Zend Describes Multiple Instances on i5/OS, Previews RPG Wrapper
January 22, 2007 Timothy Prickett Morgan
As I explained in last week’s issue, Zend Technologies, the creator of the open source PHP programming language and the company that provides commercial support for PHP and related products, announced that it had extended support for its Zend Core for i5/OS platform to include not just the current i5/OS V5R4 operating system, but also the prior OS/400 V5R3 release. Which is great. And as part of that rollout, there has been some confusion about the ability of the hybrid Zend-PASE and OS/400-Apache combo to support multiple Apache instances driven by Zend Core.
The Zend Core for i5/OS software is not compiled to run natively on either i5/OS V5R4 or OS/400 V5R3, but rather runs in a PASE AIX runtime environment inside these platforms; that PASE environment is equivalent to AIX 5.2, by the way. The fact that Zend Core is not native on i5/OS–even though it has been extended to link into DB2/400 and data queues in a native fashion–is why this issue of Apache instances occurred. If the System i5 platform had a standard and well-regarded C compiler and was based on the X64 architecture instead of the less dominant and different Power architecture, this would not be an issue. And while there is nothing wrong with the PASE approach–it is rather clever, in fact, and it is also how features such as the TCP/IP stack are delivered to i5/OS and prior releases of OS/400–delivering Zend Core through PASE is what seems to have caused some confusion about supporting multiple, unique Apache instances when working with Zend Core for i5/OS.
A few weeks ago, an independent software vendor contacted me saying that one of its customers had opted to use PHP for its Web infrastructure projects at a major financial institution, and had been gearing up to use the Zend Core for i5/OS products when the ISV and the user discovered–or at least they thought they discovered–that Zend Core for i5/OS would only support a single Apache Web server instance on the OS/400 side of the solution. This, of course, is not how PHP is often used in production, since companies have production Web application environments, test Web environments, and perhaps different Web sites for supporting end user customers or tech support, just to give two examples. On an integrated system like the System i5, you need to be able to do this without having to resort to putting Zend Core for i5/OS into separate logical partitions.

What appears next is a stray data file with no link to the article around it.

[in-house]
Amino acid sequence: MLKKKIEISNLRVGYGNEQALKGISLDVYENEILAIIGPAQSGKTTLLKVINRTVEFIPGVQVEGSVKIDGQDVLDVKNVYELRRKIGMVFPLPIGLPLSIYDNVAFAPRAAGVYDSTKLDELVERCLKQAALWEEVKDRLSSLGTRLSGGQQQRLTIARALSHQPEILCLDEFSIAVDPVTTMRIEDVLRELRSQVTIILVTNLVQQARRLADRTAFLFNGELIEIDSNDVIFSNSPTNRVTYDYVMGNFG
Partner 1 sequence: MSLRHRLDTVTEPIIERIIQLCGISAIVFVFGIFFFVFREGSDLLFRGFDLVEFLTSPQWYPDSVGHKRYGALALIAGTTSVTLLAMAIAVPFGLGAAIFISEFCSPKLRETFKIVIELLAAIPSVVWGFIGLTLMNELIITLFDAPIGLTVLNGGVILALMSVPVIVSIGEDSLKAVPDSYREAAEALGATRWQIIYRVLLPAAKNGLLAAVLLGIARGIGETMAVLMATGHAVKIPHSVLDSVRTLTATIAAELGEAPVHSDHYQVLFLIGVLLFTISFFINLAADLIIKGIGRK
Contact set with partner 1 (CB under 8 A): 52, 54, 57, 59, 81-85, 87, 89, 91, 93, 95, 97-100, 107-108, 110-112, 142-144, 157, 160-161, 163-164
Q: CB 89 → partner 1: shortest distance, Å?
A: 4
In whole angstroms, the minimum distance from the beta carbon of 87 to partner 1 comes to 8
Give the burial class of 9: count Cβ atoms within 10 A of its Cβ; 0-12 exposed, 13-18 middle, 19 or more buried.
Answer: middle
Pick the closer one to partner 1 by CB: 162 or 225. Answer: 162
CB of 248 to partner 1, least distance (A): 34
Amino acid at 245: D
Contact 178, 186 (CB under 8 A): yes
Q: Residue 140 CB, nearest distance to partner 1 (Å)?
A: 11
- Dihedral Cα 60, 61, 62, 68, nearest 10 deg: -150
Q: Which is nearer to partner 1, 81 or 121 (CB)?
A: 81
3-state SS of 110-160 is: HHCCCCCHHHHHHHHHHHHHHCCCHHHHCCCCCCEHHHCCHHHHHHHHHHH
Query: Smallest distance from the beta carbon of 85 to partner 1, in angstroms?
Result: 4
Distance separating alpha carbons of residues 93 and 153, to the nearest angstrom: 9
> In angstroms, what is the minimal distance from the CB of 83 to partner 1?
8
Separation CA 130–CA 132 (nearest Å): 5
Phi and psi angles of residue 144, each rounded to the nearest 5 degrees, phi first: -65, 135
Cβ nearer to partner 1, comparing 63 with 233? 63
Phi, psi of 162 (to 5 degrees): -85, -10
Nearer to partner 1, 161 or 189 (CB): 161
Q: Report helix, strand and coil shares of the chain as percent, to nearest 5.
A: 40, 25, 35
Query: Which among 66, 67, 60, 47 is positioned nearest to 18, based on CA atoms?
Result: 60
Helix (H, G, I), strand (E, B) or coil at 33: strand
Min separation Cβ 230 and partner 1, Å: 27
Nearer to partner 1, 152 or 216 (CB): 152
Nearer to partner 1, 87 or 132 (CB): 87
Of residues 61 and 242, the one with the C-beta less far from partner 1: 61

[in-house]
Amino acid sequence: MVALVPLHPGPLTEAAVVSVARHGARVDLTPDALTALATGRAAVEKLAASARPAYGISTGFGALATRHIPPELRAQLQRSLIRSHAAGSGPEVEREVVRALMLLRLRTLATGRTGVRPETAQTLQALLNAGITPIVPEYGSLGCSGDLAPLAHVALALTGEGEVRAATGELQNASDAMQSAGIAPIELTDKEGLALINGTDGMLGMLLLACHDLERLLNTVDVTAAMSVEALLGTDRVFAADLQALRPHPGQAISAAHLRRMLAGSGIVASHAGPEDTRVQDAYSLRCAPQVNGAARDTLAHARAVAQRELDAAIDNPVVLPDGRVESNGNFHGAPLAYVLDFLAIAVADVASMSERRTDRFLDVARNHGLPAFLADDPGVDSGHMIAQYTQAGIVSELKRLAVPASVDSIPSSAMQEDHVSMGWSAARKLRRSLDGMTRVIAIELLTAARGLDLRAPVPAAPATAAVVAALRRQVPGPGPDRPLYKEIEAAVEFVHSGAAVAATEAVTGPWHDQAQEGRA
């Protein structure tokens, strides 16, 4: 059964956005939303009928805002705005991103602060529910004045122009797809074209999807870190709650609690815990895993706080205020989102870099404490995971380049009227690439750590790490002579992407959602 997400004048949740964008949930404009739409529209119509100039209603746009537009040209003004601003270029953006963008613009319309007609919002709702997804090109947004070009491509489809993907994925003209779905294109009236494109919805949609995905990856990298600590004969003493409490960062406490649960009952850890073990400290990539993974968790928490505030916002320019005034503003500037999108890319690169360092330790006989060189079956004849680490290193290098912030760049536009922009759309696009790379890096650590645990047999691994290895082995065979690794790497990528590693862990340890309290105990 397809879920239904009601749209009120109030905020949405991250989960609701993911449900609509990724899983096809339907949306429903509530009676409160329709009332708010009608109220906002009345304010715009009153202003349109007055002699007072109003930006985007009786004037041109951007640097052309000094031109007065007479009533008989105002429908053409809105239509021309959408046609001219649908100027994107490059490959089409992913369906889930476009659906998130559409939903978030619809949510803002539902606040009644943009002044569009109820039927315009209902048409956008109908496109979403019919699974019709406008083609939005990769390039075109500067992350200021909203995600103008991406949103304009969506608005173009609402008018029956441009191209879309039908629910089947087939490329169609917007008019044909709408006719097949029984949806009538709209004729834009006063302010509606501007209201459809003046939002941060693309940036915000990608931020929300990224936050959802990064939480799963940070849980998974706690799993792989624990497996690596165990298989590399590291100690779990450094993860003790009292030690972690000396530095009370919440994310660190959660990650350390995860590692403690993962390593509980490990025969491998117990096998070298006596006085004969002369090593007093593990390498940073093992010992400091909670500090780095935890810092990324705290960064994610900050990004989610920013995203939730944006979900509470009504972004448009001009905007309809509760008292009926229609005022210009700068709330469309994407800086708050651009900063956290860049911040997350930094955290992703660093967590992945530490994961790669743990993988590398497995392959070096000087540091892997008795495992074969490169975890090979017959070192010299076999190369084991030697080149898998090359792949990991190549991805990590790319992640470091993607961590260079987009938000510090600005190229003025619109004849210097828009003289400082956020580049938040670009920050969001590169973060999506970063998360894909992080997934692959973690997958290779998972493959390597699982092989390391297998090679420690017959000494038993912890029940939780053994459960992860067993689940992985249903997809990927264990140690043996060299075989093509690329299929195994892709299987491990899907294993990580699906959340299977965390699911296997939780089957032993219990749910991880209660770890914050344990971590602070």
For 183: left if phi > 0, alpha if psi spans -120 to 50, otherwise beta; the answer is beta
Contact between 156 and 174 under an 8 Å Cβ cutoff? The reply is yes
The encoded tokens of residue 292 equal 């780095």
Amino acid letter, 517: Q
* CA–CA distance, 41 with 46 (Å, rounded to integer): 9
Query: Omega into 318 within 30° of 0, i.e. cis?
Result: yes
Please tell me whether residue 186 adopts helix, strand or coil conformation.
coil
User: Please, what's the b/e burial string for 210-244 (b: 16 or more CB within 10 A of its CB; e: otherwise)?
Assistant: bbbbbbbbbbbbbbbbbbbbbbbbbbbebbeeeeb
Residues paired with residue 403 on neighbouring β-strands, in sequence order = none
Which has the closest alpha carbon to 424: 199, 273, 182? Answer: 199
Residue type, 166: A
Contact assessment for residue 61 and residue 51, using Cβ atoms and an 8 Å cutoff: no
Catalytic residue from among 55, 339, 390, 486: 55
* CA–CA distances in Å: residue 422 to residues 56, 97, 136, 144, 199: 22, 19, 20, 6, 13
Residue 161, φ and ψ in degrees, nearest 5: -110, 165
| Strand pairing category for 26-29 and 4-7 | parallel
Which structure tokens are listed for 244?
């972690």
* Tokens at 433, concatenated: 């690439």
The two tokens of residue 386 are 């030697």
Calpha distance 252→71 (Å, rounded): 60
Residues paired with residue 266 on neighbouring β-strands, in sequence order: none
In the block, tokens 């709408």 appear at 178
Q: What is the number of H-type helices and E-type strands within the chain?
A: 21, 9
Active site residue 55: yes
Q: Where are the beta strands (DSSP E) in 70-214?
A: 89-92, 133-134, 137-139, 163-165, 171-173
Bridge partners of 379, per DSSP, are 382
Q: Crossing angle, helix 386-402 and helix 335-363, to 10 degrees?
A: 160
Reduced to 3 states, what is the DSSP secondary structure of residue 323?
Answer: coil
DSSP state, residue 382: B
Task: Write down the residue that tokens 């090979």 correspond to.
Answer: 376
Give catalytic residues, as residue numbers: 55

When Zend Core for i5/OS 1.6 was announced on January 10, IBM and Zend put out a Redbook in the same week that explained quite clearly (on page 30) that multiple instances for Apache fed by Zend Core for i5/OS were not supported at this time–support meaning that neither IBM nor Zend recommended this action. However, that same Redbook then explained how you could hack the configuration files within the PASE environment where Zend Core and an AIX-based Apache server is running to create multiple PASE-side Apache instances.
But according to Sam Pinkhasov, project manager at Zend who is responsible for the development of the Zend Core for i5/OS product, this is not recommended for a very important reason–the Apache Web server within PASE does not have SSL encryption on it, which means the Web server is not passing encrypted information. Moreover, there is no graphical user tool to create these PASE Apache Web servers, and there is a lot of file copying and tweaking involved, which is just a recipe for mistakes. (That might change, if enough customers bug IBM and Zend to get a user interface to reach into PASE for configuring Apache and Zend.)